Treatment of Boils

A single boil can be treated at home. To prevent complications, one should start treatment at the first signs of symptoms. In general common sense home remedies will help alleviate the boil.

Warm compress: Apply a warm compress on the boil for about 20 minutes 2-4 times a day and over the next few days, the boil will resolve. The heat increases the blood circulation and helps one fight off the infection. Warm compress also diminish the pain.

Clean: Keep the area clean. Avoid any creams or lotions on the boil. Avoid any dressing and keep the boil exposed to air. Occluding the boil with dressings only creates more humidity and heat which encourages bacterial growth.

Home piercing: At home, one should avoid sticking pins or needles in the boil Home made piercing equipment are not sterile and can lead to worsening of the infection. Piercing is best done by a physician.

Topical antibiotics: One can apply a topical antibiotic like polysporin for several days. These rarely help in chronic cases.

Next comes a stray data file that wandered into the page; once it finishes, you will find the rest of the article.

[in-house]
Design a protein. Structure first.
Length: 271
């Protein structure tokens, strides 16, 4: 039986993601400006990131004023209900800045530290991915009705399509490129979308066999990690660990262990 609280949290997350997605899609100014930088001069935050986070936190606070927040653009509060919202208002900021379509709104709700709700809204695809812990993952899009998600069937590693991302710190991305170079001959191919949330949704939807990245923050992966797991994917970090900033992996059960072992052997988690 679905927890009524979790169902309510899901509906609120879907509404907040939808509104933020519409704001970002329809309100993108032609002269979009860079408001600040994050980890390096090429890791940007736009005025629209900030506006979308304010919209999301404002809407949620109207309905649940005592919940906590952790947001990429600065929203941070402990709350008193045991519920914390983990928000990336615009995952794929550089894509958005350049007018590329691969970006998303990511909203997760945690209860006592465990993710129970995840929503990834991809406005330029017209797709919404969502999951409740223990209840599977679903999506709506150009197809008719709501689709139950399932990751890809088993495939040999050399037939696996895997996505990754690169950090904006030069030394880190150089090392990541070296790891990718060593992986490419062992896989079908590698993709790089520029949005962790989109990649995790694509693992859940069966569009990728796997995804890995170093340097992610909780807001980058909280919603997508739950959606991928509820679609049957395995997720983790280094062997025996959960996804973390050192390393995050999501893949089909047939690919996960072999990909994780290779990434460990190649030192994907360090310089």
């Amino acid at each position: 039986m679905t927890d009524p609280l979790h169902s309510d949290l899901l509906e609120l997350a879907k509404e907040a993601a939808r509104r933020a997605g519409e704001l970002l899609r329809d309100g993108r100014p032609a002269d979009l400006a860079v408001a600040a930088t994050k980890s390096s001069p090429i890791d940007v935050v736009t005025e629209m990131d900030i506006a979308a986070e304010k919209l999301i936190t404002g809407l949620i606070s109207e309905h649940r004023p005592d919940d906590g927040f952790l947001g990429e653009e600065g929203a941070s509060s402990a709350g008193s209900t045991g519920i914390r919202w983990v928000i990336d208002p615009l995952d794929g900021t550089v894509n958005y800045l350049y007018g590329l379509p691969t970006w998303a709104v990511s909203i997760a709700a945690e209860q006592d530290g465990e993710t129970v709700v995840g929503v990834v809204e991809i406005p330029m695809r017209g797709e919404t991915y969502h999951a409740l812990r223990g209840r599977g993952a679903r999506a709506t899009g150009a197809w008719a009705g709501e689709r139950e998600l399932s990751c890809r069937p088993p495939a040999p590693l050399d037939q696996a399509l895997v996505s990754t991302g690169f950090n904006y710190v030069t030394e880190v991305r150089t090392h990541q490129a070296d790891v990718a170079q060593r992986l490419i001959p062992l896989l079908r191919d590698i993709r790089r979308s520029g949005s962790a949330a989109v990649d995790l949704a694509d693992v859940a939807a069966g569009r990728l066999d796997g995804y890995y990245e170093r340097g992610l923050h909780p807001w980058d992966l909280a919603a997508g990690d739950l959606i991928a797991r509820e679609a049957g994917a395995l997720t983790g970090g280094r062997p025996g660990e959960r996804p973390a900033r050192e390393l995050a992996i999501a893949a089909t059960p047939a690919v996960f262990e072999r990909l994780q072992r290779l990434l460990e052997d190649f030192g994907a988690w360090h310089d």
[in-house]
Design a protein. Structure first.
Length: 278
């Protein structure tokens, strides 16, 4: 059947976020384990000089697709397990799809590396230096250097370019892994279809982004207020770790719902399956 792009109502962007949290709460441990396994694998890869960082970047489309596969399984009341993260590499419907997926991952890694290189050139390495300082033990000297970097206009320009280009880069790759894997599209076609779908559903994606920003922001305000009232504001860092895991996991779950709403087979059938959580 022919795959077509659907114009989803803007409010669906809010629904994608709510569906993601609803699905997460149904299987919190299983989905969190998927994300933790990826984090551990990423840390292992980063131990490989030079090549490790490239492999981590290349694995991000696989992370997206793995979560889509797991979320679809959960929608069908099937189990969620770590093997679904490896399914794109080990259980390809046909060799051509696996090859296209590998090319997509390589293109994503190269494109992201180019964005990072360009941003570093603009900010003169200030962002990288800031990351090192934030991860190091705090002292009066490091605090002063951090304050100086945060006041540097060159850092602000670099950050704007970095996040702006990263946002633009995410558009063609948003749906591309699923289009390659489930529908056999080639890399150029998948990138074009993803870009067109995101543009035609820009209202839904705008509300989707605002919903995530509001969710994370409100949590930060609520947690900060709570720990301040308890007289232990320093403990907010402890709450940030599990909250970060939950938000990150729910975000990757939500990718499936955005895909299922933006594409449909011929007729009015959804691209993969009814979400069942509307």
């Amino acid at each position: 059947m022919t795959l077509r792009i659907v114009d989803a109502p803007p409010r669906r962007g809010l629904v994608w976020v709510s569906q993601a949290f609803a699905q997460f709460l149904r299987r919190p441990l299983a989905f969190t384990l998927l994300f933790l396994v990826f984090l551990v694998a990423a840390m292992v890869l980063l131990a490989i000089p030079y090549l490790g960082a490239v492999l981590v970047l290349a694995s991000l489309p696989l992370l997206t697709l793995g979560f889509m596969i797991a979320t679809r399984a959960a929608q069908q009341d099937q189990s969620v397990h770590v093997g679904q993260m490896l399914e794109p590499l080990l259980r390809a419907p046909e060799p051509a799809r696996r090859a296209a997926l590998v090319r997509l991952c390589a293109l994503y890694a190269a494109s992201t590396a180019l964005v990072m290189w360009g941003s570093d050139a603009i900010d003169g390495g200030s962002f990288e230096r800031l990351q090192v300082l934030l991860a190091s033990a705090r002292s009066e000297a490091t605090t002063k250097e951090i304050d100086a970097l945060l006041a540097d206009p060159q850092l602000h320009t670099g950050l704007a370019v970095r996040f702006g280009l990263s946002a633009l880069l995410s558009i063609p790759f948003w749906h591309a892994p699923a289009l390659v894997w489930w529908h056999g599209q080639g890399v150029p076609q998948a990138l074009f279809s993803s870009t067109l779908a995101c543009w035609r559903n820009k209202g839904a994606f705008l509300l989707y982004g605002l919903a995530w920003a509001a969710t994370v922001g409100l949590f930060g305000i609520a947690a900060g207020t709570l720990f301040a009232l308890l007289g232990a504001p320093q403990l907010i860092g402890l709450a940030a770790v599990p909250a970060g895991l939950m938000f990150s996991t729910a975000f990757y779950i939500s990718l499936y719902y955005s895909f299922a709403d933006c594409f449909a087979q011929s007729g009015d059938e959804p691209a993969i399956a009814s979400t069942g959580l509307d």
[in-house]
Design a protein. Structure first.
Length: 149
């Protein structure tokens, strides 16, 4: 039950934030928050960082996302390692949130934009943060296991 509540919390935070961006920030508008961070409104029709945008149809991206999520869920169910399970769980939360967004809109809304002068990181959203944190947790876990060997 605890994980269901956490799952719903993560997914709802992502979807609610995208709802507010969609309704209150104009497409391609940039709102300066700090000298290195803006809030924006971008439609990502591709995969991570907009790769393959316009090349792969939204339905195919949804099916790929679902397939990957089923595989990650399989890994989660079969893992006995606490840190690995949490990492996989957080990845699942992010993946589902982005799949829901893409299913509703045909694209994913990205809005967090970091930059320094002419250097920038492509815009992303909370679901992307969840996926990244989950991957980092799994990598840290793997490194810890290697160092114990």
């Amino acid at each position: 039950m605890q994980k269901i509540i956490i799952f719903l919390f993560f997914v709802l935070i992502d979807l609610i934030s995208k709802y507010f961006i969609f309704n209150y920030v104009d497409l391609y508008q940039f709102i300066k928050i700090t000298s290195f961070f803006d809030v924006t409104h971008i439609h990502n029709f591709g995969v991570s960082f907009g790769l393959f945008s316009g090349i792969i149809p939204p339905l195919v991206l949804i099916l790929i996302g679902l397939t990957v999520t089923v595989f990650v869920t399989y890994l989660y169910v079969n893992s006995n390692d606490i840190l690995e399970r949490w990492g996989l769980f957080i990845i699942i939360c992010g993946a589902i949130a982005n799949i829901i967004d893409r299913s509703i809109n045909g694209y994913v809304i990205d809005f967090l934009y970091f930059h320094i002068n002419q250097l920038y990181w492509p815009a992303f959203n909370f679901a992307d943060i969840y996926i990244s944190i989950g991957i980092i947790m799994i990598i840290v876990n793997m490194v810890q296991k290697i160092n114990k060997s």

Lancing: Sometimes the boil may be large and painful. In such cases lacing by a health care professional is the best treatment. Lancing is a small procedure and can be done in an office. The boil is pierced with a sharp bade and provides immediate relief. After lancing, the boil will continue to drain for a few days and you have to apply dressings to cover and soak up the pus. Washing the area with water is adequate. One does not need to use any fancy antibiotic or antiseptics once the boil has been lanced.

When there are multiple boils or pockets of pus, all these must be opened up and this is best done in an operating room.

Antibiotics: In some individuals with multiple boils and other medical disorders like diabetes, antibiotics may be required. Antibiotics do not work if the boils are chronic and hard. The antibiotics generally fail to enter the boil. Thus, lancing may be required prior to administration of antibiotics.

Surgery: Sometimes ingrown hairs may be the cause of a boil. When this occurs in the buttock area, it is known as Pilonidal sinus. To treat the condition, one may require surgery to excise the skin with the ingrown hairs.

Depending on the size of the boils and area infected, different types of surgery may be required.

In the majority of cases, boils can be treated by simple lancing and keeping the area clean.

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